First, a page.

Pubdate: Tue, 18 Apr 2006
Source: Daily Iowan, The (IA Edu)
Copyright: 2006 The Daily Iowan


The tornado damage to the venerable Johnson County Courthouse did 
harm to a historic Iowa City structure but also added another reason 
for pursuing the proposed "justice center," which would incorporate a 
new courthouse and jail. While the courthouse should be restored and 
we support building a new facility, more creative options need to 
also be explored to solve the county's law-enforcement problem. 
Instead of hauling all offenders off to jail without regard for their 
crimes, Johnson County officials should seek more appropriate solutions.

There can be no question the current court and jail facilities are 
inadequate. The 92-bed jail is not large enough to house all its 
prisoners; our county has been forced to ship extra inmates to other 
facilities, such as Linn County jail, paying $65 per head. For its 
part, the courthouse is too old to accommodate critical security 
measures, including metal detectors. Someone with a knife or gun 
could easily evade security in the current courthouse. A new, modern 
courthouse and a sustainable long-term solution to the prison 
population problem are critical to the safety and effectiveness of 
Johnson County law enforcement.

In their zeal to avoid appearing "soft on crime," many opposed to new 
facilities deny overcrowding is a serious problem. But not only are 
packed jails less than ideal for the inmates, they create a dangerous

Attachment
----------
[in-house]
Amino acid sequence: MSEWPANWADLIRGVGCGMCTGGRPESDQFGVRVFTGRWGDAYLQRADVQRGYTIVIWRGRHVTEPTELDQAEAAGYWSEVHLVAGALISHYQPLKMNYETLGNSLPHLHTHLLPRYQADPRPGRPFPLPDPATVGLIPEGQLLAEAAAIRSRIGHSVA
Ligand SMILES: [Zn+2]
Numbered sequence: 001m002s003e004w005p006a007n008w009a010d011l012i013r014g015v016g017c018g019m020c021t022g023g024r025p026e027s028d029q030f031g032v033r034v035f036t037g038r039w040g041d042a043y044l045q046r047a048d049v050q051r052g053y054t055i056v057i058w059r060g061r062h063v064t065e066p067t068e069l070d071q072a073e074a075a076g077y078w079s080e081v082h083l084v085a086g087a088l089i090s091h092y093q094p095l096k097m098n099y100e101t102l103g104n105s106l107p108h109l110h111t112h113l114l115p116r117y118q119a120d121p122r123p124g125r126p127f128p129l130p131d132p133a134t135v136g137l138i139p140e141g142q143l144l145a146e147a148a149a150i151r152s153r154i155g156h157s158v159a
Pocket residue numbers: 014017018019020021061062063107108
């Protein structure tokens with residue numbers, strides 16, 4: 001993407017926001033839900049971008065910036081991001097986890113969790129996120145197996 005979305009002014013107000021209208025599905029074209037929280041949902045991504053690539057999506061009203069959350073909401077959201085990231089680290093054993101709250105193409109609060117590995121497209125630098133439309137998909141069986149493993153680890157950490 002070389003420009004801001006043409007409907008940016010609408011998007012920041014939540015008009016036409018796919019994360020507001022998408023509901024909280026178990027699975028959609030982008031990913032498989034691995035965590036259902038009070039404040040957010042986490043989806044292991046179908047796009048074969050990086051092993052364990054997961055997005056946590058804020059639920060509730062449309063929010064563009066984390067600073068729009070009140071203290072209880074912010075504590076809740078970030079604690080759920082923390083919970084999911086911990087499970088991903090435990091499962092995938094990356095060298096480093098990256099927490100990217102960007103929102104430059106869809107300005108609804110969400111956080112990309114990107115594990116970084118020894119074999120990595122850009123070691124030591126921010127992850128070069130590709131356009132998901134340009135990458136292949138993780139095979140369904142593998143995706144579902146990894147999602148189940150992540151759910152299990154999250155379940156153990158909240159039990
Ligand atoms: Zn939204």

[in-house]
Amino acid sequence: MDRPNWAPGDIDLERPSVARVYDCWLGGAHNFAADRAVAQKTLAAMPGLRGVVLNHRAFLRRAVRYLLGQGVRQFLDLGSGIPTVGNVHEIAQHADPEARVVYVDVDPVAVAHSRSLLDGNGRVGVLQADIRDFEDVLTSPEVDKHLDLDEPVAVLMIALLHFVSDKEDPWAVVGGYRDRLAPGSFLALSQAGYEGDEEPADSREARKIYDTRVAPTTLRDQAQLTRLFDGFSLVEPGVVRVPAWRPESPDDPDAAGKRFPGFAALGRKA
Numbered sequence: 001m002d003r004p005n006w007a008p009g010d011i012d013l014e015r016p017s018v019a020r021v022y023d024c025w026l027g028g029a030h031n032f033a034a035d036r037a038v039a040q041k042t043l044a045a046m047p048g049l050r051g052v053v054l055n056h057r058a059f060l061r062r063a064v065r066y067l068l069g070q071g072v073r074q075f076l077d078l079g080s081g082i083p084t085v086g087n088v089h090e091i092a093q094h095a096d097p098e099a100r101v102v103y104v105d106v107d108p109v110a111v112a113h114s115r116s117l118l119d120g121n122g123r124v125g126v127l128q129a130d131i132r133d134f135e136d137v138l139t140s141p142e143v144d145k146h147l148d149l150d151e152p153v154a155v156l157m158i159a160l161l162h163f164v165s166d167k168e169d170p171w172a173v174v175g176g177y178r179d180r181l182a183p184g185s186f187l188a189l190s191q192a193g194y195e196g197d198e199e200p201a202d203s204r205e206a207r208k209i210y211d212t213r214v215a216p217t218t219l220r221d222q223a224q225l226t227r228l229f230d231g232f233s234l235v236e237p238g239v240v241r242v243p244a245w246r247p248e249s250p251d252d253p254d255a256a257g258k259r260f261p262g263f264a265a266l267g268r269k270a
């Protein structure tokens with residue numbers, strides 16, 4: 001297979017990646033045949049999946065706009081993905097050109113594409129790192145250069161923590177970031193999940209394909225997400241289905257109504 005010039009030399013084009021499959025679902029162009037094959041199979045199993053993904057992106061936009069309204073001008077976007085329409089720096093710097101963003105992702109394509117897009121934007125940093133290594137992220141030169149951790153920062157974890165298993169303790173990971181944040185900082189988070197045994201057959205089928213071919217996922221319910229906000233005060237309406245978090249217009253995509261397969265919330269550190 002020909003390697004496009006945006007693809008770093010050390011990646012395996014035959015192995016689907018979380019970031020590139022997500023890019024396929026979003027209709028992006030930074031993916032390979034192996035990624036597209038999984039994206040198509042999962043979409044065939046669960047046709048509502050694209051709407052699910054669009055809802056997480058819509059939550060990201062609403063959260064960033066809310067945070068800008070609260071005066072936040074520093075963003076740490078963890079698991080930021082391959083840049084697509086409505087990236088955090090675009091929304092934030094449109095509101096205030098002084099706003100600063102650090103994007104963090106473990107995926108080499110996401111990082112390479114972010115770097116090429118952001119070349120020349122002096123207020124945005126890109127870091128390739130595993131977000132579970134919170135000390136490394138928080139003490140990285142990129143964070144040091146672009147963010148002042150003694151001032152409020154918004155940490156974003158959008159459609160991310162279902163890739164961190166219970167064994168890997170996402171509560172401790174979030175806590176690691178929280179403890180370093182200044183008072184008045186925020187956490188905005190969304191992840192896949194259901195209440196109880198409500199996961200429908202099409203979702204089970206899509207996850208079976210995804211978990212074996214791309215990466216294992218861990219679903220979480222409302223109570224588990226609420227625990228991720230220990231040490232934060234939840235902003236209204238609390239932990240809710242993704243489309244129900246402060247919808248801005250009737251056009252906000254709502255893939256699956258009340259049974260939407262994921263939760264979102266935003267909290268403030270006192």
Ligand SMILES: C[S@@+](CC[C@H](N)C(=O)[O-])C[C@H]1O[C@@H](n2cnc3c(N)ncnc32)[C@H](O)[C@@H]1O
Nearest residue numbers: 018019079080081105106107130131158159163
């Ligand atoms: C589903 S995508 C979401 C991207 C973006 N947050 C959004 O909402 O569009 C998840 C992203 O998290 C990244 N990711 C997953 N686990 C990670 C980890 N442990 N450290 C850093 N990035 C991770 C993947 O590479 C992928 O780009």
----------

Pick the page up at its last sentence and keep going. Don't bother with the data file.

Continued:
situation for the employees. Prisoners who are packed in like 
sardines are more difficult to safely manage. By resisting funding 
for prisons, opponents aren't being tough on criminals - they're 
being tough on law-enforcement workers.

But officials do not only need a new facility - they need new ideas: 
The county's sentencing priorities should be reworked. Instead of 
being thrown in with the general prison populace, people picked up 
for public intoxication should be put in a detox center. They could 
be monitored and, if necessary, treated by trained staff while they 
sleep it off. By taking a less punitive attitude toward these 
nonviolent offenders, the county will actually be putting less stress 
on the prison system.

In 2000, residents rejected a bond issue for a new jail, and the 
problem has only worsened since. This shortsightedness is false 
economy: Investing in a new justice center now will end the need to 
rent Linn County's jail space and curtail law-enforcement costs that 
are spiraling out of control.

Capt. Gary Foster, the chief deputy for Story County - home of Iowa 
State University and Ames - told The Daily Iowan that he "can't 
imagine" law enforcement running a detox center for intoxicated 
people. So far, Johnson County has displayed a similar lack of 
creative vision. Sheriff Lonny Pulkrabek has proposed many sensible 
alternatives for sentencing of drug and alcohol offenses - only to 
have them shot down. Johnson County should be investing in a new 
justice center, but, more importantly, it should be investing in a 
new kind of thinking about criminal justice.
- ---
MAP posted-by: Beth Wehrman